But here’s what, everything you just said, like the people who even are successful and are thinking about the lake houses or the boats or the RVs, those are trophies of life. What I want people to be focusing on is really how do you own your time? How do you do things on your terms? You wake up in the morning, you do what you want when you want, how you want. The only way you can do that is if you have enough resources behind you that you now do it because you own your time. If those things that Bo mentioned, those goals that you have are going to take away from the ownership of your time, let that bring you purpose and bring it back to centralize it to the point that you don’t get distracted with the shiny stuff that you daydream about, but it actually is going to take you away from the owning of your life. And that’s the big part. I think that people who are even successful, you be like, “Man, I have built up $3 million, but man, I could go buy this beautiful lake house for $2 million.” And on paper, I can afford this. But can you? ‘Cause I want you to own your life in financial independence, not leverage your life. ‘Cause when you have encumbrances, you don’t really have independence, and you don’t really own your life. So be careful with those mental traps that can occur later in life. And in this stage, one of the ways that you can measure how realistic is, if I’ve only got $3 million, I buy a $2 million house. Are you stress-testing and have you actually worked through scenario analysis? Have you worked with a financial advisor to determine, “Okay, can I do the things I want to do in the way that I want to do it, or is it not feasible?” We are proponents that that conversation and that planning should happen before you get to retirement. Not on day one. On day one of retirement is not when you want to figure out if the plan’s going to work. You want to have figured that out a number of years before you got there so that you’re well-prepared and well-positioned for it.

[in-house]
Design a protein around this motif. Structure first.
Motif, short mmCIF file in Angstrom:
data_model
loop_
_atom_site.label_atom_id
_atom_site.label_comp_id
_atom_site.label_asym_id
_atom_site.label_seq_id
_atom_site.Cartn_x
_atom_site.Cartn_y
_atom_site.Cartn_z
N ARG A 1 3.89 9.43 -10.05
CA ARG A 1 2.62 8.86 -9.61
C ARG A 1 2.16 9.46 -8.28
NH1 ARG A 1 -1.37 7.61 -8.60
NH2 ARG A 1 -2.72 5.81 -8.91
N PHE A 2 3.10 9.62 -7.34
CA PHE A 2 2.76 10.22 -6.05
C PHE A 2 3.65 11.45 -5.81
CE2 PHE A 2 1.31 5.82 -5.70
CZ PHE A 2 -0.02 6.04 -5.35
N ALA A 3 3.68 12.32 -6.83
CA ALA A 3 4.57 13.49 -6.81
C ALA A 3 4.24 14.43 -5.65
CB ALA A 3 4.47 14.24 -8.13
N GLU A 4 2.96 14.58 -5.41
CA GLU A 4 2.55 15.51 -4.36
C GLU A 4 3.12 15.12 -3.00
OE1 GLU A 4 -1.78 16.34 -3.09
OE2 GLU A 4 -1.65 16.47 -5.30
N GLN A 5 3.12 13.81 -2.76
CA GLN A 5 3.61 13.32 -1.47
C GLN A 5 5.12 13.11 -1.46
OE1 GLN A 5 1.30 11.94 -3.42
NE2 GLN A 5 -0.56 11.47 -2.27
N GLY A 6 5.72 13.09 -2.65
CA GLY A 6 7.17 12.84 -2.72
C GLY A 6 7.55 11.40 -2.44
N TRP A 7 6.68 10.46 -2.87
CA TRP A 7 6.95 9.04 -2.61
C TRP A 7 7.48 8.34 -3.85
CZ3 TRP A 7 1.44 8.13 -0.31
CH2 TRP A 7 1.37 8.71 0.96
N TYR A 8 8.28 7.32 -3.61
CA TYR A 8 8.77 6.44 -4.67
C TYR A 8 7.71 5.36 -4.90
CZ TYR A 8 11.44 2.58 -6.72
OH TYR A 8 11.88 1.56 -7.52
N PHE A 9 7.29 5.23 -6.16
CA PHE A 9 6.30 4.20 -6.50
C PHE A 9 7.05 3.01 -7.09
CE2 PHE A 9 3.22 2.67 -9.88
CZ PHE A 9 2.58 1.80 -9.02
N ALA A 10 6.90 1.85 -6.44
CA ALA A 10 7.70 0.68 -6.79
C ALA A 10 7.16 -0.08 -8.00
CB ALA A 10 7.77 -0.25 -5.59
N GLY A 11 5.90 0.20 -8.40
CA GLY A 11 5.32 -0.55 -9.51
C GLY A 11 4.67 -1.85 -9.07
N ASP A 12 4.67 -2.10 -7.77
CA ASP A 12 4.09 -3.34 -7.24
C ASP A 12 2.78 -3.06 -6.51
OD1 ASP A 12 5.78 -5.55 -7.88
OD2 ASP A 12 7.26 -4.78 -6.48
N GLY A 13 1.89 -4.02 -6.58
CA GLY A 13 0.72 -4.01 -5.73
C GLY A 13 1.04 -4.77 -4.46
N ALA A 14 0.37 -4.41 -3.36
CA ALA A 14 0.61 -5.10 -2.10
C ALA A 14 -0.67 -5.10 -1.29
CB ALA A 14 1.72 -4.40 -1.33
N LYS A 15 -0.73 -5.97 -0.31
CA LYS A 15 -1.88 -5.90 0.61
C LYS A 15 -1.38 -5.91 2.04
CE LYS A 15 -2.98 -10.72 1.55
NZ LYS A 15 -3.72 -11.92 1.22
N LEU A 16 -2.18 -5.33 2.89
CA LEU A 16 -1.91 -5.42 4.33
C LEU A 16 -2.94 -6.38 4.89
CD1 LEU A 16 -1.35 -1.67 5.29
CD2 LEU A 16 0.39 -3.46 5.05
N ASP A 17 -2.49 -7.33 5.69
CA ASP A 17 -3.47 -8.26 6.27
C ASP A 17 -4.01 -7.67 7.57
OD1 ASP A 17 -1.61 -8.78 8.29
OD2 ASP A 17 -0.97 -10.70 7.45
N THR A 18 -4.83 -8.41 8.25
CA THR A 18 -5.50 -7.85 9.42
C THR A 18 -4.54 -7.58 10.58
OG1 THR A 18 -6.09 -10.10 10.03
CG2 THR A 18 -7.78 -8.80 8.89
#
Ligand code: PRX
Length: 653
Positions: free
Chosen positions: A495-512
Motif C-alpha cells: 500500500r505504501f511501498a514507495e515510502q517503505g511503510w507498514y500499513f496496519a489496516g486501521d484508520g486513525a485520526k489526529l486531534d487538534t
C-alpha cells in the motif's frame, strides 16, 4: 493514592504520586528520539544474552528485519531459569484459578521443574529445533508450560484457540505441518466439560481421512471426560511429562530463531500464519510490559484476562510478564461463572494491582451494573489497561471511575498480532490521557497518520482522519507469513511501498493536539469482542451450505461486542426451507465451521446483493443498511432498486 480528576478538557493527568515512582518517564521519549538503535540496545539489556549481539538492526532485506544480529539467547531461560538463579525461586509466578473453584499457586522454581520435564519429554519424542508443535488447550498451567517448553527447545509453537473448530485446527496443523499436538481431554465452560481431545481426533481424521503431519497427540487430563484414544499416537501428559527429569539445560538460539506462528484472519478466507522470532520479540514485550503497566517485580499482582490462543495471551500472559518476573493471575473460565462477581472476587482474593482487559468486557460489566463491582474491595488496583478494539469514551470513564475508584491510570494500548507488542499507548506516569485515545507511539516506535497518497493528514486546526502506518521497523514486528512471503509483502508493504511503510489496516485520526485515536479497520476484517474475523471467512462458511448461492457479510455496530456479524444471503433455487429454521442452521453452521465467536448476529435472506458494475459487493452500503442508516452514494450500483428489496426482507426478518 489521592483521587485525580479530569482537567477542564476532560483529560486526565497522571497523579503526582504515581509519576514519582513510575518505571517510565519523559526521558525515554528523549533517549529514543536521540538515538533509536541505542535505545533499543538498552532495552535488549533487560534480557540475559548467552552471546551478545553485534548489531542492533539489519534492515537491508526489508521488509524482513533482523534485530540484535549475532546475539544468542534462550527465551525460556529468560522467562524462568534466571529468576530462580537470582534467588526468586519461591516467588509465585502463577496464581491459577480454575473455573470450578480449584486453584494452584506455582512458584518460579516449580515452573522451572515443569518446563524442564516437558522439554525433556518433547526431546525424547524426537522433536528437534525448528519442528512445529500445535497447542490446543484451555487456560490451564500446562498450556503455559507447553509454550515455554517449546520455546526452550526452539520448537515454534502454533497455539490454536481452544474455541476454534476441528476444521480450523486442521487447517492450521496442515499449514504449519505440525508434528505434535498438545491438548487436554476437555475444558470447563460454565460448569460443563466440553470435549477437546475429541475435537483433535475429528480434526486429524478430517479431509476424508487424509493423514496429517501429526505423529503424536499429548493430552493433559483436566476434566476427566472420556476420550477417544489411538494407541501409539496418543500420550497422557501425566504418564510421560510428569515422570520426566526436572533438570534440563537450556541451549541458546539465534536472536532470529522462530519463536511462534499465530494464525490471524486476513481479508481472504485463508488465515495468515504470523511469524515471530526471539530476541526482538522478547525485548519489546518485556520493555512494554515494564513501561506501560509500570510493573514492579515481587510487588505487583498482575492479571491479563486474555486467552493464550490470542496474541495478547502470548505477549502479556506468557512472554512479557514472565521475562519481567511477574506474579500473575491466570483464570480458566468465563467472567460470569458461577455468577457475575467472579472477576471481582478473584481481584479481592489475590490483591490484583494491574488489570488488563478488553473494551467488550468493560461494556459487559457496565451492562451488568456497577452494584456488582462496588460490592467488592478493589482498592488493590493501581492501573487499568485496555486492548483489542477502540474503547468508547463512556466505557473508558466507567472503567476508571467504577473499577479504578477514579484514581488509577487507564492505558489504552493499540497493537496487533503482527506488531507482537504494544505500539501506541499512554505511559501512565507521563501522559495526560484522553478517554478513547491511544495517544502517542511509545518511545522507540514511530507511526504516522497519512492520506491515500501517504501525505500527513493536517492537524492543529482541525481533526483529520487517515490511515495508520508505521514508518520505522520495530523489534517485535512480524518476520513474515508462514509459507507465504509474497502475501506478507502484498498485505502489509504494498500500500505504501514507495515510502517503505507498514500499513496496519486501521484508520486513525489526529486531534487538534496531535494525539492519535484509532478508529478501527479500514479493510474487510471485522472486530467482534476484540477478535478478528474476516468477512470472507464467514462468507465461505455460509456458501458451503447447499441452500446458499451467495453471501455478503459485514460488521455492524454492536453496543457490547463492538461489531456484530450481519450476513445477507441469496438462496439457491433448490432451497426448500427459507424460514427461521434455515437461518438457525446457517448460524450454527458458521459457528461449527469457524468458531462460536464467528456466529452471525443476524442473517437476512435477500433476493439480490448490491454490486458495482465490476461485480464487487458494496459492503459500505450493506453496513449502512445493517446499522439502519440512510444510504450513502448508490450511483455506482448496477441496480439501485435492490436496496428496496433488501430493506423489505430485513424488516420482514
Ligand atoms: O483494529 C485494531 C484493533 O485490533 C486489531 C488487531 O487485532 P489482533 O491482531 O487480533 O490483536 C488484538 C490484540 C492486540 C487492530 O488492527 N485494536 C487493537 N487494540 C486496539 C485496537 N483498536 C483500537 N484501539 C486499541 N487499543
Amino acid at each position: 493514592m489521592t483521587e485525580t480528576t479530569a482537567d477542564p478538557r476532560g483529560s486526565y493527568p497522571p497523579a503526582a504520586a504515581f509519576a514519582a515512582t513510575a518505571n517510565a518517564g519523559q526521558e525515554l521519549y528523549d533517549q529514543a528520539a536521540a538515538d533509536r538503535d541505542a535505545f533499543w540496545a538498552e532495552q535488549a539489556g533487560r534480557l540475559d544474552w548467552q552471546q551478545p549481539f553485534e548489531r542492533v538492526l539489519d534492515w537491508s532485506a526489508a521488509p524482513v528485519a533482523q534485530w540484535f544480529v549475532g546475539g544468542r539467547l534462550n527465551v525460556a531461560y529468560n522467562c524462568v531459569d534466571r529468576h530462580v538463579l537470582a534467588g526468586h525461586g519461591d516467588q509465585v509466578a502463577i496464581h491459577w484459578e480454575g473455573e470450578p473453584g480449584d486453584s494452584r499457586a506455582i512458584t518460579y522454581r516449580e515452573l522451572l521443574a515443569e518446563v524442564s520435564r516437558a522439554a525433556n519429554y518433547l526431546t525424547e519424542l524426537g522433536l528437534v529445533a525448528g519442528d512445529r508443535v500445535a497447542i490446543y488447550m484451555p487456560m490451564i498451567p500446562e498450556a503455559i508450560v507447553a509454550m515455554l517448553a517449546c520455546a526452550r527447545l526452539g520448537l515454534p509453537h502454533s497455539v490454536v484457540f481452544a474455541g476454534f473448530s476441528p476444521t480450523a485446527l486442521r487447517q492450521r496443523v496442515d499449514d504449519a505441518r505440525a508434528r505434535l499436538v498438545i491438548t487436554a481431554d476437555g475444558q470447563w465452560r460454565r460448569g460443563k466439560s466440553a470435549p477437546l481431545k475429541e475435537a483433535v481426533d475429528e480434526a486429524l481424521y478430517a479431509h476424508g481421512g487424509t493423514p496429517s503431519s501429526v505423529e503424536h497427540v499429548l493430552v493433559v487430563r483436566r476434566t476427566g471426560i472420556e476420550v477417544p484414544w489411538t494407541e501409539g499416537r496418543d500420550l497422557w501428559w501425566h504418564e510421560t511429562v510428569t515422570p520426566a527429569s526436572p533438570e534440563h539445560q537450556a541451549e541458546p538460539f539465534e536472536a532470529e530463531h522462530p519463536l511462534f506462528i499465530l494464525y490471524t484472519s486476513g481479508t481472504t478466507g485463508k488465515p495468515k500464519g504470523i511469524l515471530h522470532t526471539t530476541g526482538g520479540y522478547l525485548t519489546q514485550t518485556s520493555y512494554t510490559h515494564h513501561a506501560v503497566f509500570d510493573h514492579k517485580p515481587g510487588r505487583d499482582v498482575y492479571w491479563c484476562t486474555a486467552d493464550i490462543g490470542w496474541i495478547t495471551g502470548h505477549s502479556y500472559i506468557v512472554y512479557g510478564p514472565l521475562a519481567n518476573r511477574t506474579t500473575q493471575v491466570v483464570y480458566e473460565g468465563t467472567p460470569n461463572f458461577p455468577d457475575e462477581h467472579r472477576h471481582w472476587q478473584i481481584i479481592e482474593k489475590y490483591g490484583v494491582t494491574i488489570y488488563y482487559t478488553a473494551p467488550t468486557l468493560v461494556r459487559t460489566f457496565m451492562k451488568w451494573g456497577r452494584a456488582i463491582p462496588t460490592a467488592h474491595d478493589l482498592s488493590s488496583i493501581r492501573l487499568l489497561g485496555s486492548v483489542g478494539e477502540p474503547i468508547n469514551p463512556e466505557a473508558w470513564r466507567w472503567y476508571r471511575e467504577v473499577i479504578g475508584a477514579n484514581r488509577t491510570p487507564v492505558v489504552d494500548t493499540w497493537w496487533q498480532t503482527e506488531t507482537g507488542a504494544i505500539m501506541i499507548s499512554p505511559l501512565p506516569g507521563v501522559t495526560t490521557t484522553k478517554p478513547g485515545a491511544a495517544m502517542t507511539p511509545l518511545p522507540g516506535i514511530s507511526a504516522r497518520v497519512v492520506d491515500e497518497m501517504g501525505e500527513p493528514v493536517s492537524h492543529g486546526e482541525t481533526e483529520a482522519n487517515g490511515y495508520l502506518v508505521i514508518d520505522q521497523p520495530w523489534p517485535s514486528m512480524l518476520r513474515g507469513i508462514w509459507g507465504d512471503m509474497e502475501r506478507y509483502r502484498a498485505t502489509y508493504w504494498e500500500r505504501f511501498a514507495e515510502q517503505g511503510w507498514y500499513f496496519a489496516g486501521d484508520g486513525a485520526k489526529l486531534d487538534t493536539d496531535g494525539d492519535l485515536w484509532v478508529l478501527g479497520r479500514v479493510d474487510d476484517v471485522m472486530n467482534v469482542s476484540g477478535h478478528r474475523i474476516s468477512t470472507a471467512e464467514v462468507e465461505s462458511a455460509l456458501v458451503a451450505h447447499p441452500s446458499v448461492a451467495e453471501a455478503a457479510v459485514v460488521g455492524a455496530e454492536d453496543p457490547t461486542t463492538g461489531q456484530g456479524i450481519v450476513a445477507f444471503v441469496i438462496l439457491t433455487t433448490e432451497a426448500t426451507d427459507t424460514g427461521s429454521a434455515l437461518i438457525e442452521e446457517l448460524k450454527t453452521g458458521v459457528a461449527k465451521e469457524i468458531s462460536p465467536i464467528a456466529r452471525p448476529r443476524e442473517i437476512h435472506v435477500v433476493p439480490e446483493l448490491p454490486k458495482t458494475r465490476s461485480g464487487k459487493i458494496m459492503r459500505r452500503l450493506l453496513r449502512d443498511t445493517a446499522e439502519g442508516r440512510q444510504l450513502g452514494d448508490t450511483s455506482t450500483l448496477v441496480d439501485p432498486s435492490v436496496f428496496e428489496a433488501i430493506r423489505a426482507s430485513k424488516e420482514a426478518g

Yeah, I think when you’re in your 50s, this is when you’re trying to figure out, am I doing a non-conforming retirement where, meaning you’re leaving either way, you know, early before 65 if you’re doing a 50s or even early 60s. Or are you going to do a conforming at 65, or even go do the, “I’ve got to work until I’m 70, 73.” And sometimes that’s because you financially are behind. Sometimes just ’cause you love working. I pray that I have the opportunity to work well into my 70s. I love doing this type of content with you guys. And that’s why, whatever your case is, whatever gives you purpose or whatever drives you to reach your goals, I do want you to know that I recognize this is probably the stage where you do want to graduate the relationship to the next level. I talk about the abundance cycle all the time, and a lot of you have been with me for over a decade now because we’ve been doing this show since 2006. And as you’re fine-tuning your goals, I would encourage you, if you’ve come and you’ve learned, applied, and grown your assets to a level of success, now that you just don’t know what you don’t know, you haven’t stress-tested, you haven’t turned that basket of funds into how that actually plays out in a goal situation, to know, are you 70% of the way there? Are you 85% of the way? Are you 98% of the way? We love it when we have those types of retirement plan meetings where I can say, look, in all effective ways, it looks like you have enough. Let’s figure out how you’re going to live the best, most abundant version of your retirement and your independence life. That’s exciting stuff for us. I mean, it gets the optimist in me, the person that loves a good plan when it’s put together and executed. This is what we hope we can bring to our financial mutants that are watching this content. For more information, check out our free resources.